Thomas Hardy’s birthplace at Higher Brockhampton, Dorset where Under the Greenwood Tree and Far From the Madding Crowd were written.

Many may think of Thomas Hardy as a purely literary author; he was awarded the Order of Merit in 1910 and had been frequently nominated for a Nobel Prize in Literature. But he was a trailblazer as well!

Hardy is credited with being the source and inspiration for the term ‘cliffhanger’.

Cliffhanger: A story or situation that is exciting because its ending or result is uncertain until it happens.  (Cambridge Dictionary)

As I tell W.I. members on my fiction talks, there is a suspenseful scene in his third novel A Pair of Blue Eyes, where a male character (Henry Knight), is literally hanging by his fingertips to a cliff face, unable to climb back up to safety. The object of his affection, Elfride has gone to seek assistance.

Suspense is from the Latin word ‘to hang’ (suspendo). Because I think it’s a brilliant piece of writing and the Victorian precursor to the modern suspense genre, I have included the excerpt, which also ties in with the scenery of Dorset’s Jurassic Coast:

“At first, when death appeared improbable because it had never visited him before, Knight could think of no future, nor of anything connected with his past. He could only look sternly at Nature’s treacherous attempt to put an end to him, and strive to thwart her.
From the fact that the cliff formed the inner face of the segment of a hollow cylinder, having the sky for a top and the sea for a bottom, which enclosed the bay to the extent of nearly a semicircle, he could see the vertical face carving round on each side of him. He looked far down the façade and realised more thoroughly how it threatened him. Grimness was in every feature, and to its very bowels the inimical shape was desolation.
By one of those familiar conjunctions of things wherewith the inanimate world baits the mind of man when he pauses in moments of suspense, opposite Knight’s eyes was an imbedded fossil, standing forth in low relief from the rock. It was a creature with eyes. The eyes, dead and turned to stone, were even now regarding him. It was one of those early crustaceans called Trilobites. Separated by millions of years in their lives, Knight and this underling seemed to have met in their place of death. It was a single instance within reach of his vision of anything that had ever been alive and had had a body to save, as he himself had now.”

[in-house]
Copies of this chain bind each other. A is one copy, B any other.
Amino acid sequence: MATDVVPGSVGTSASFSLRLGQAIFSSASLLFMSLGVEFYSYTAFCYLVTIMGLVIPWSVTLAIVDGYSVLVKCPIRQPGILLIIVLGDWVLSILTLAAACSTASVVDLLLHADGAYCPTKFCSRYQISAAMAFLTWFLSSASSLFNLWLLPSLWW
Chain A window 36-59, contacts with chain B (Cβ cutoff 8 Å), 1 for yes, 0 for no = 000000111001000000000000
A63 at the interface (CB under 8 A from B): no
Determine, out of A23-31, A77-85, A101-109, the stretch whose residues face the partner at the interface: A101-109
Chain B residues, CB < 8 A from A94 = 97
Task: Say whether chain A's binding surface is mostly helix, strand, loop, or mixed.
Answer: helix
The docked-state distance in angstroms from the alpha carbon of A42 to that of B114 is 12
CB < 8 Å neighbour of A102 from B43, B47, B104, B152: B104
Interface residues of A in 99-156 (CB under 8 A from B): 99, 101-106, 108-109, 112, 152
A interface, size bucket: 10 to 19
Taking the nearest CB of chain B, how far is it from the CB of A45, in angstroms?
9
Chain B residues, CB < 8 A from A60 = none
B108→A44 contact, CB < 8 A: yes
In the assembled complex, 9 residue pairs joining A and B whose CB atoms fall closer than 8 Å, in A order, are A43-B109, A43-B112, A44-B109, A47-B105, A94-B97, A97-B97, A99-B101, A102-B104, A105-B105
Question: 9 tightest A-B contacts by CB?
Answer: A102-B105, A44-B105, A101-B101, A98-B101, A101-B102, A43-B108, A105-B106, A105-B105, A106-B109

~ Thomas Hardy (A Pair of Blue Eyes, 1873)

Hardy has kept the focus on Knight and we are probably convinced like he is; that he’s going to die. It’s great to find that the dramatic, ancient landscape is fundamental to the story, acting as another character, as well as the obvious contemporary influence of Charles Darwin on him. Hardy met the composer Sir Edward Elgar late in his life and they discussed the possibility of him writing an opera based on the novel, but sadly Hardy’s death put an end to the project.

Spectacular Corfe Castle

In the afternoon we drove across to the east side of Dorset to the Purbeck region to explore Corfe Castle. If you’ve read my post on Gwellian ferch Gruffydd, you may have gathered that we absolutely love castles!

Approaching what’s left of the Keep

Corfe is a magnificent ruin now, but you can’t beat the romantic setting it commands. It has a turbulent and colourful thousand year history, and for five centuries was one of the most important castles in England.

Lovely light behind the ruins.

Corfe’s history came vividly to life for us as a group of Saxon and Viking enthusiasts had been camping out in the grounds all weekend participating in various events. They were regaled in fabulous period costumes, brandishing weapons and displaying handicrafts from their era. It all added to the jubilant atmosphere.

Will was especially interested, talking to a ‘viking’ who had travelled down from York for the events, and was thrilled when he let him borrow his gear and told him about how it would have been used. His sisters were very keen to murder or maim their big brother!